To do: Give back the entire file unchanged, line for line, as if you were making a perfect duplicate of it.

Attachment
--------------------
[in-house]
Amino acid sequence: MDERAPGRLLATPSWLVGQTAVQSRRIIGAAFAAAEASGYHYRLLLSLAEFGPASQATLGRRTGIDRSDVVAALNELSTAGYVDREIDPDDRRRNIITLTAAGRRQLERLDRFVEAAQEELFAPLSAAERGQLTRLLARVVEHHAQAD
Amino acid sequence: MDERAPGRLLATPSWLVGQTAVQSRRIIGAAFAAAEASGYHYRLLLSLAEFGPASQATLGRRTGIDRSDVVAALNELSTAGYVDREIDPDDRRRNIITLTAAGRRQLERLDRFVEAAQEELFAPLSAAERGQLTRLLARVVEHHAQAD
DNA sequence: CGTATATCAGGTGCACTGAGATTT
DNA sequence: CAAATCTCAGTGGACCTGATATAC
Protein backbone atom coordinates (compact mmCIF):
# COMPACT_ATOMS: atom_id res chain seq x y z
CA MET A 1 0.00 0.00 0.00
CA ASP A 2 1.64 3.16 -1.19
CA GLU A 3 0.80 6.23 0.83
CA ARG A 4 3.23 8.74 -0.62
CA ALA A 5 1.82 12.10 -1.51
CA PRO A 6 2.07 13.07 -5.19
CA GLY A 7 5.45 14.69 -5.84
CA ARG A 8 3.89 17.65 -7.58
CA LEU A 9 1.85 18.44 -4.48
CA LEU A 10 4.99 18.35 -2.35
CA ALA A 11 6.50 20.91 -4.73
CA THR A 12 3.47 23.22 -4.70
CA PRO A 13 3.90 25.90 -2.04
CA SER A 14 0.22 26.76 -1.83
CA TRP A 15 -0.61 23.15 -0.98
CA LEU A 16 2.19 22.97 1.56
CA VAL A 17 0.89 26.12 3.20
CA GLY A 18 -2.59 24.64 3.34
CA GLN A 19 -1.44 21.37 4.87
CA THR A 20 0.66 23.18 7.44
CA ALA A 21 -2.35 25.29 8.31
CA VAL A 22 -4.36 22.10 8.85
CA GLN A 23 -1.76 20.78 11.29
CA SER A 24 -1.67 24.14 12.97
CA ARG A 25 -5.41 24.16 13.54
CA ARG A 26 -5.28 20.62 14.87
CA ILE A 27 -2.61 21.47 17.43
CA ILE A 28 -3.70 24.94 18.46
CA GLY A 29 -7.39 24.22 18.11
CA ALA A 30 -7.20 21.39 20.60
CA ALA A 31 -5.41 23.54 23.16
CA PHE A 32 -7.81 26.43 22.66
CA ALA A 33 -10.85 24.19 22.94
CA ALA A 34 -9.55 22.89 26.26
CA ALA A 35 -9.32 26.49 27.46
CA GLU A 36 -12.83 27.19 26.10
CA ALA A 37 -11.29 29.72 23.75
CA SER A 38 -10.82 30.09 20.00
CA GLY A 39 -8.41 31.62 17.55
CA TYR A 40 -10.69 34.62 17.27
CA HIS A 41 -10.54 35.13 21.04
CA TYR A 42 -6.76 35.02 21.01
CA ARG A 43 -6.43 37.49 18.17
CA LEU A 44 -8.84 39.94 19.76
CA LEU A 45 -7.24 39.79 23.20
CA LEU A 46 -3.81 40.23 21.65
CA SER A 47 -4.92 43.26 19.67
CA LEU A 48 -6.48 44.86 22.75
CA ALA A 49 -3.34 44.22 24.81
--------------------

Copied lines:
[in-house]
Amino acid sequence: MDERAPGRLLATPSWLVGQTAVQSRRIIGAAFAAAEASGYHYRLLLSLAEFGPASQATLGRRTGIDRSDVVAALNELSTAGYVDREIDPDDRRRNIITLTAAGRRQLERLDRFVEAAQEELFAPLSAAERGQLTRLLARVVEHHAQAD
Amino acid sequence: MDERAPGRLLATPSWLVGQTAVQSRRIIGAAFAAAEASGYHYRLLLSLAEFGPASQATLGRRTGIDRSDVVAALNELSTAGYVDREIDPDDRRRNIITLTAAGRRQLERLDRFVEAAQEELFAPLSAAERGQLTRLLARVVEHHAQAD
DNA sequence: CGTATATCAGGTGCACTGAGATTT
DNA sequence: CAAATCTCAGTGGACCTGATATAC
Protein backbone atom coordinates (compact mmCIF):
# COMPACT_ATOMS: atom_id res chain seq x y z
CA MET A 1 0.00 0.00 0.00
CA ASP A 2 1.64 3.16 -1.19
CA GLU A 3 0.80 6.23 0.83
CA ARG A 4 3.23 8.74 -0.62
CA ALA A 5 1.82 12.10 -1.51
CA PRO A 6 2.07 13.07 -5.19
CA GLY A 7 5.45 14.69 -5.84
CA ARG A 8 3.89 17.65 -7.58
CA LEU A 9 1.85 18.44 -4.48
CA LEU A 10 4.99 18.35 -2.35
CA ALA A 11 6.50 20.91 -4.73
CA THR A 12 3.47 23.22 -4.70
CA PRO A 13 3.90 25.90 -2.04
CA SER A 14 0.22 26.76 -1.83
CA TRP A 15 -0.61 23.15 -0.98
CA LEU A 16 2.19 22.97 1.56
CA VAL A 17 0.89 26.12 3.20
CA GLY A 18 -2.59 24.64 3.34
CA GLN A 19 -1.44 21.37 4.87
CA THR A 20 0.66 23.18 7.44
CA ALA A 21 -2.35 25.29 8.31
CA VAL A 22 -4.36 22.10 8.85
CA GLN A 23 -1.76 20.78 11.29
CA SER A 24 -1.67 24.14 12.97
CA ARG A 25 -5.41 24.16 13.54
CA ARG A 26 -5.28 20.62 14.87
CA ILE A 27 -2.61 21.47 17.43
CA ILE A 28 -3.70 24.94 18.46
CA GLY A 29 -7.39 24.22 18.11
CA ALA A 30 -7.20 21.39 20.60
CA ALA A 31 -5.41 23.54 23.16
CA PHE A 32 -7.81 26.43 22.66
CA ALA A 33 -10.85 24.19 22.94
CA ALA A 34 -9.55 22.89 26.26
CA ALA A 35 -9.32 26.49 27.46
CA GLU A 36 -12.83 27.19 26.10
CA ALA A 37 -11.29 29.72 23.75
CA SER A 38 -10.82 30.09 20.00
CA GLY A 39 -8.41 31.62 17.55
CA TYR A 40 -10.69 34.62 17.27
CA HIS A 41 -10.54 35.13 21.04
CA TYR A 42 -6.76 35.02 21.01
CA ARG A 43 -6.43 37.49 18.17
CA LEU A 44 -8.84 39.94 19.76
CA LEU A 45 -7.24 39.79 23.20
CA LEU A 46 -3.81 40.23 21.65
CA SER A 47 -4.92 43.26 19.67
CA LEU A 48 -6.48 44.86 22.75
CA ALA A 49 -3.34 44.22 24.81